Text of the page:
He, after all, goes by "The King," displayed a "Chosen 1" tattoo across his back, owns a Twitter account that reads, "@KingJames."
We have seen the arrogance.
During "The Decision" and then the celebration that was equal parts hubris and pyrotechnics, when he couldn't prevent himself from forecasting championship increments even Michael Jordan could not reach.
And now? Now the humility.
To a degree, the process has worked in reverse for LeBron James. He was celebrated for what he could become. And then, when he moved closer to achieving the ultimate goal alongside a championship cast, he was ridiculed.
NBA finals: Heat def. Thunder 4-1
Winderman: LeBron James has been a prodigy, superstar and villain. And now he's champion. The journey has left the league and Finals MVP humbled and happy for those closest to him.
Not Barkley. Not Malone. Not Stockton. Not Ewing. Not Miller.
LeBron James is a champion.
No longer solely about awards or statistics. No longer a portrait of haughtiness, telling us how his life is better that ours. The very moment that rightfully could deliver conceit instead conveyed humbleness on Thursday night.
Heat 121, Thunder 106.
Miami 4, Oklahoma City 1.
". . . not two, not three, not four . . ." but the one that matters most: the first championship.
And nothing like last season against Dallas, when the fourth quarters seemingly were played in his absence.
Some will put an asterisk next to this one, especially those who weren't holding hardware when Thursday turned to Friday at AmericanAirlines Arena. But inside the Heat locker room, the cloud has been lifted.
Not for Juwan Howard, the 18-year veteran who finally got his first ring, or for James Jones and Mike Miller, veterans who now will consider retirement. But for the teammate who is not a team captain but who has given his soul for this moment.
From the start of these playoffs, he wore the mouthpiece that read, "XVI," the 16 wins necessary for this moment, the extra two that were missing at this stage last season.
And then, and then he exhaled.
"It took me to go all the way to the top and then hit rock bottom basically to realize what I needed to do as a professional athlete and as a person," he said with the championship trophy to his right, Finals MVP hardware to his left.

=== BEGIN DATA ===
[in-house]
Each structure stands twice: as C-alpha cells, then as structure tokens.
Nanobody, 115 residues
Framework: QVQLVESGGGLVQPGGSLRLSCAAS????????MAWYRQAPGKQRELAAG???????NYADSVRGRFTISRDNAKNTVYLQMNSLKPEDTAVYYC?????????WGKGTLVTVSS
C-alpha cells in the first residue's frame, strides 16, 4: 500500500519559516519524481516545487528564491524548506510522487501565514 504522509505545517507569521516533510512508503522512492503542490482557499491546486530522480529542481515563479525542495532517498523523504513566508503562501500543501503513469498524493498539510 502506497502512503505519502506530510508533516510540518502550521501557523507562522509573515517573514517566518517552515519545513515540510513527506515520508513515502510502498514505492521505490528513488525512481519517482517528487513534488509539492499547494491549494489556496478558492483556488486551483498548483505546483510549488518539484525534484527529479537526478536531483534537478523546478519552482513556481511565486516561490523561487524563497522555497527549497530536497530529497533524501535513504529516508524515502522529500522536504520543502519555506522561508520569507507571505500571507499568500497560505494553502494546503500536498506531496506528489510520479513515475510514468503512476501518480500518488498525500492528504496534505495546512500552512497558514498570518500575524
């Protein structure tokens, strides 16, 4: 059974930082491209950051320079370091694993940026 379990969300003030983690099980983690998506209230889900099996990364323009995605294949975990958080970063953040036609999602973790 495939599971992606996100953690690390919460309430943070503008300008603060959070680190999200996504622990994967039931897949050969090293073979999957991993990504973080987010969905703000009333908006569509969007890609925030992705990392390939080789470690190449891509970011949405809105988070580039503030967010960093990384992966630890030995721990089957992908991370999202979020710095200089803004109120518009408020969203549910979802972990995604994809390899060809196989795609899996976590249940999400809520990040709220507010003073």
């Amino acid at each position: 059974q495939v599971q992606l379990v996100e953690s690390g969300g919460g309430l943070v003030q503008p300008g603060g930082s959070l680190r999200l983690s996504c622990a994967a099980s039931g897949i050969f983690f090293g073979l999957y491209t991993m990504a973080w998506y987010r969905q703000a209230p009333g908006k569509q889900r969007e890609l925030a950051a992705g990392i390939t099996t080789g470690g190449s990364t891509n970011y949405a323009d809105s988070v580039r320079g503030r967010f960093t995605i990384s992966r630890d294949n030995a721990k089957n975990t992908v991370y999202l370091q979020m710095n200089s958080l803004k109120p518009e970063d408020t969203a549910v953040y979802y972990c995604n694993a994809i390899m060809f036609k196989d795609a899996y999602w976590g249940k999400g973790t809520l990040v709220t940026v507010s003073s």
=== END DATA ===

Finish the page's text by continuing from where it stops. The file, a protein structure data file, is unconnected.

"You know, I'm just happy that I was able to be put back in this position. I trusted my instincts, I trusted my habits that I built over the years, and I just got back to just being myself, and I didn't care too much about what anyone said about me. I just kind of made my own path, but did it the right way, and I'm happy I was able to do it the right way and do it for myself and not for anyone else."
This was raw. This was a superstar stripped of veneer.
"I told you guys over and over and over, I was playing to prove people wrong last year, and people would say I was selfish, and that got to me," he said, echoing comments he had made earlier during the public, confetti-filled celebration. "That got to me a lot because I know that this is a team game. I know the coaches that I had when I was younger always preached about team.
"A lot of people were saying I was a selfish person and a selfish player; it got to me. All last year I tried to prove people wrong, prove you guys wrong, and it wasn't me. At the end of the day, I was basically fighting against myself."
Only in defeat, in Dallas defeat, could he reassess, move forward, rise again.
"The best thing that happened to me last year was us losing the Finals, you know, and me playing the way I played. It was the best thing to ever happen to me in my career because basically I got back to the basics," he said. "It humbled me. I knew what it was going to have to take, and I was going to have to change as a basketball player, and I was going to have to change as a person to get what I wanted."
PBT: Have the Grizzlies figured out San Antonio, or will tonight's Game 3 yield another win for the Spurs?
Video: NBA from NBC Sports
DPS: Is it really all about the rings?
DPS: Dan Patrick talks about Phil Jackson's comments about starting a team with Bill Russell now because of his championships and brings up the great question of, if it's all about championships, how come we don't talk about guys like Sam Jones, Frank Ramsey or John Havlicek who all have multiple rings?
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